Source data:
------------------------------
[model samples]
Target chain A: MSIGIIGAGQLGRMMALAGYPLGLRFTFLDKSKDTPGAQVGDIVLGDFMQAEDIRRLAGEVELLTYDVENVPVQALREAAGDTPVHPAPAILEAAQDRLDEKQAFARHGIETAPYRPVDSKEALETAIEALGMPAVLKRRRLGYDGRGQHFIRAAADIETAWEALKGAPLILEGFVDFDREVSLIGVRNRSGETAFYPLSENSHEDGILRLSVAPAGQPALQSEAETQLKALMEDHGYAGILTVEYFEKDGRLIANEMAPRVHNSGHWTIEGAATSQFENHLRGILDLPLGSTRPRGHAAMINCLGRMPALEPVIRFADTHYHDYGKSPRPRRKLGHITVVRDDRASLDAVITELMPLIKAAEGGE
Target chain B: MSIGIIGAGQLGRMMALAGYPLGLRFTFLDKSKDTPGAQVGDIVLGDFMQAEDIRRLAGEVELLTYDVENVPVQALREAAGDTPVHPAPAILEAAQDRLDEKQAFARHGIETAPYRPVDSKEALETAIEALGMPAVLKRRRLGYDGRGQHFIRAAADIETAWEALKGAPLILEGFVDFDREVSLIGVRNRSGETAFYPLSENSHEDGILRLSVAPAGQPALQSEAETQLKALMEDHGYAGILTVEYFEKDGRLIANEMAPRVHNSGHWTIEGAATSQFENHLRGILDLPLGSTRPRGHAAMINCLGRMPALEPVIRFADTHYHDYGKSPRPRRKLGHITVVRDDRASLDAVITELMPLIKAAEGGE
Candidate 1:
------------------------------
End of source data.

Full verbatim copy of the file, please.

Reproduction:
[model samples]
Target chain A: MSIGIIGAGQLGRMMALAGYPLGLRFTFLDKSKDTPGAQVGDIVLGDFMQAEDIRRLAGEVELLTYDVENVPVQALREAAGDTPVHPAPAILEAAQDRLDEKQAFARHGIETAPYRPVDSKEALETAIEALGMPAVLKRRRLGYDGRGQHFIRAAADIETAWEALKGAPLILEGFVDFDREVSLIGVRNRSGETAFYPLSENSHEDGILRLSVAPAGQPALQSEAETQLKALMEDHGYAGILTVEYFEKDGRLIANEMAPRVHNSGHWTIEGAATSQFENHLRGILDLPLGSTRPRGHAAMINCLGRMPALEPVIRFADTHYHDYGKSPRPRRKLGHITVVRDDRASLDAVITELMPLIKAAEGGE
Target chain B: MSIGIIGAGQLGRMMALAGYPLGLRFTFLDKSKDTPGAQVGDIVLGDFMQAEDIRRLAGEVELLTYDVENVPVQALREAAGDTPVHPAPAILEAAQDRLDEKQAFARHGIETAPYRPVDSKEALETAIEALGMPAVLKRRRLGYDGRGQHFIRAAADIETAWEALKGAPLILEGFVDFDREVSLIGVRNRSGETAFYPLSENSHEDGILRLSVAPAGQPALQSEAETQLKALMEDHGYAGILTVEYFEKDGRLIANEMAPRVHNSGHWTIEGAATSQFENHLRGILDLPLGSTRPRGHAAMINCLGRMPALEPVIRFADTHYHDYGKSPRPRRKLGHITVVRDDRASLDAVITELMPLIKAAEGGE
Candidate 1: